Indianapolis was planned in 1821 by the same folks who designed Washington DC, which means the Mile Square sees thousands of daily pedestrians and motorists travel around a square grid of streets with diagonal arteries, with Monument Circle at the center or heart.
Indianapolis continues to be one of the most vital and energetic cities by providing incredible attractions, shopping, hotels, houses of worship, sports and dining all within the “heart” of the city.
While you are here, whether participating or as a spectator in the Indy Women’s Half-Marathon event – with the start and finish in the heart of Indianapolis, we recommend you first visit this website.
Indiana War Memorial Plaza Historic District
Metered parking is available on all four sides of the War Memorial (Meridian, Pennsylvania, Michigan, and Vermont Streets) and just outside Monument Circle during the week. Parking is free on Saturday and Sunday. The main entrance to the War Memorial is on Michigan Street. There are also surface lots and parking garages within walking distance of both the War Memorial and the Soldiers & Sailors Monument.
Note: Because there is no numerical address for the Soldiers & Sailors Monument or the Colonel Eli Lilly Civil War Museum, we suggest you enter 1 Monument Circle in Yahoo’s address box.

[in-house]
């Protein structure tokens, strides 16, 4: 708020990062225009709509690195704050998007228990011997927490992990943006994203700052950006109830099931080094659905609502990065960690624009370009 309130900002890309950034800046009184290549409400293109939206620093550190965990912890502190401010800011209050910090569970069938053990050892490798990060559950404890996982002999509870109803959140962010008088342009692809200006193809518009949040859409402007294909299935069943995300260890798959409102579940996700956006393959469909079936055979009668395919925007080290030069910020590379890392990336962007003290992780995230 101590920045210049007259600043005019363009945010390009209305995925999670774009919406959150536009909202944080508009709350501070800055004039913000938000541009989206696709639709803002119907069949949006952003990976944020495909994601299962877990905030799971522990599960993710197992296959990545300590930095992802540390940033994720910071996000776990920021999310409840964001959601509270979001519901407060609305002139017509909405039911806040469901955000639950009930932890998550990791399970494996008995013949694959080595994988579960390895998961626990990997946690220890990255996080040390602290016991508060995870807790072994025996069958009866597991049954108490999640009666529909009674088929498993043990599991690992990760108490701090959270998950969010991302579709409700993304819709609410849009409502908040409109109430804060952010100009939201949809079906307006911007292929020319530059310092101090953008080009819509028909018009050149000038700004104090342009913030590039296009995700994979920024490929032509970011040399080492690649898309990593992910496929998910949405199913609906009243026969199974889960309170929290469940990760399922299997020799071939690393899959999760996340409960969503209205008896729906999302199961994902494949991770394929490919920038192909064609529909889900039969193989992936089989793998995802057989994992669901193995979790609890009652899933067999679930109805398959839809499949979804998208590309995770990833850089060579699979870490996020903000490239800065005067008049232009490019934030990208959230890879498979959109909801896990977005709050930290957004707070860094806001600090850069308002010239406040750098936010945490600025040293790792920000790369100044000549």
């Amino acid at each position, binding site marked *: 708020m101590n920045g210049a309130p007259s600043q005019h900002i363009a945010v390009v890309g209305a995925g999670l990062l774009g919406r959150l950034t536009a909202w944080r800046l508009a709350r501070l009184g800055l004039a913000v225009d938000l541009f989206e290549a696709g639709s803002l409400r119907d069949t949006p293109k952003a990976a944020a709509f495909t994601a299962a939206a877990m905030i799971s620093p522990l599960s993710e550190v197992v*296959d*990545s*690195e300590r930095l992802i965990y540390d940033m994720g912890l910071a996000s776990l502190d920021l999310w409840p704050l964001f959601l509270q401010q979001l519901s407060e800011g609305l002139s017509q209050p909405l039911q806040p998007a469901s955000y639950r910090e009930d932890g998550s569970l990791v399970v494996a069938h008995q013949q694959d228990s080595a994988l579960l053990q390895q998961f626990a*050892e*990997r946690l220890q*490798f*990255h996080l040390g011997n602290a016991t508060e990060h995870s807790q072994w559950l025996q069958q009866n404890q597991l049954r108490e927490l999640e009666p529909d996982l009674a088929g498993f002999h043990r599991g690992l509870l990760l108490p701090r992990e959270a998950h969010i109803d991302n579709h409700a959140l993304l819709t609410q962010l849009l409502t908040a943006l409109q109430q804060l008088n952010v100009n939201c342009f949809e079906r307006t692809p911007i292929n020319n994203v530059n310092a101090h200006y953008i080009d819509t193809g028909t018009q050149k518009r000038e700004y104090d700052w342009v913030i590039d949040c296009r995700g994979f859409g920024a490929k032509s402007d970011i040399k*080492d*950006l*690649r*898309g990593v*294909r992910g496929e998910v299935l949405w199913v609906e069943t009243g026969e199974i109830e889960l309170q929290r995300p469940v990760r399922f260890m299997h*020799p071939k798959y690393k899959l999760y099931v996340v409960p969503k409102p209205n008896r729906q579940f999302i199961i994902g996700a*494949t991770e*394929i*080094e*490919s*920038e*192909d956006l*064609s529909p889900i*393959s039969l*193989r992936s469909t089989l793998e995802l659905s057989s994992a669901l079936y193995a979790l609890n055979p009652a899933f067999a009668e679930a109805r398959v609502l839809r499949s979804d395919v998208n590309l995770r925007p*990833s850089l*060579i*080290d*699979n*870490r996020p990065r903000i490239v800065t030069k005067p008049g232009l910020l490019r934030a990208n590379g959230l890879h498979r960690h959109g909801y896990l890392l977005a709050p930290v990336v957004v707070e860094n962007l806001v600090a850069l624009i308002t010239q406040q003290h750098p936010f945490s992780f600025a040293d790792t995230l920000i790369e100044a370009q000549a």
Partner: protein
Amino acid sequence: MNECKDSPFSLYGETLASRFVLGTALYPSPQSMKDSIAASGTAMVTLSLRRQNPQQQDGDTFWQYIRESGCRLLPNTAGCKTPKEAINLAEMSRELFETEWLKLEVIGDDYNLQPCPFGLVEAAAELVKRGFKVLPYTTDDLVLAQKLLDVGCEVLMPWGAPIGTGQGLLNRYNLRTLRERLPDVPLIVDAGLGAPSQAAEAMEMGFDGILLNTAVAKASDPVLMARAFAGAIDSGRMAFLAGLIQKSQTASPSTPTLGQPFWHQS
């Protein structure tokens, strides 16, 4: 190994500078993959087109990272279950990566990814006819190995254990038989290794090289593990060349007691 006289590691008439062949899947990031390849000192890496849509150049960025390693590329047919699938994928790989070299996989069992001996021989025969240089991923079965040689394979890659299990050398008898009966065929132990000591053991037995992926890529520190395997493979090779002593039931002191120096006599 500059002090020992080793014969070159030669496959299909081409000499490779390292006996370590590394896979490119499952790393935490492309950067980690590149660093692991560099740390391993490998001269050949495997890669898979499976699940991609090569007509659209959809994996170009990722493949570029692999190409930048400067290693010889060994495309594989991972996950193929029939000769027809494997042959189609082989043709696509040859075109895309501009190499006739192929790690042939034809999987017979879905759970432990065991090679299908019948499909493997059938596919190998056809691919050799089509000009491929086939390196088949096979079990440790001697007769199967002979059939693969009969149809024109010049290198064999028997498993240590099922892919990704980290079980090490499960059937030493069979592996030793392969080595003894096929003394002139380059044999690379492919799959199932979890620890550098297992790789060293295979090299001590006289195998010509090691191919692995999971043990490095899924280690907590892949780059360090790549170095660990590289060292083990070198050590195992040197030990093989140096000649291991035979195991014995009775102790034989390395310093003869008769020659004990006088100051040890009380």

Soldiers and Sailors Monument
Recognized as one of the world’s outstanding monuments, the structure has come to symbolize both the City of Indianapolis and the state of Indiana. The Limestone used for the monument is gray oolitic limestone from the Romona quarries of Owen County. It stands 284 feet, 6 inches high, only 15 feet shorter than the Statue of Liberty. It cost $598,318 in 1902. It has been estimated that building a similar structure today would cost more than five hundred million dollars.
The commission for the monument construction requested architects to submit design proposals. Of the seventy proposals turned in, two finalists were chosen. Then from the two, Bruno Schmitz of Berlin, Prussia (Germany) received the appointment.
There are a number of art works either built into the Monument, or placed throughout the grounds. Bruno Schmitz brought with him Rudolf Schwarz. Schwarz was sculptor for the statuary groups “War” and “Peace”, “The Dying Soldier”, “The Homefront” and the four statues at the corners of the Monument that represents the Infantry, Cavalry, Artillery, and Navy.
Indiana War Memorial Museum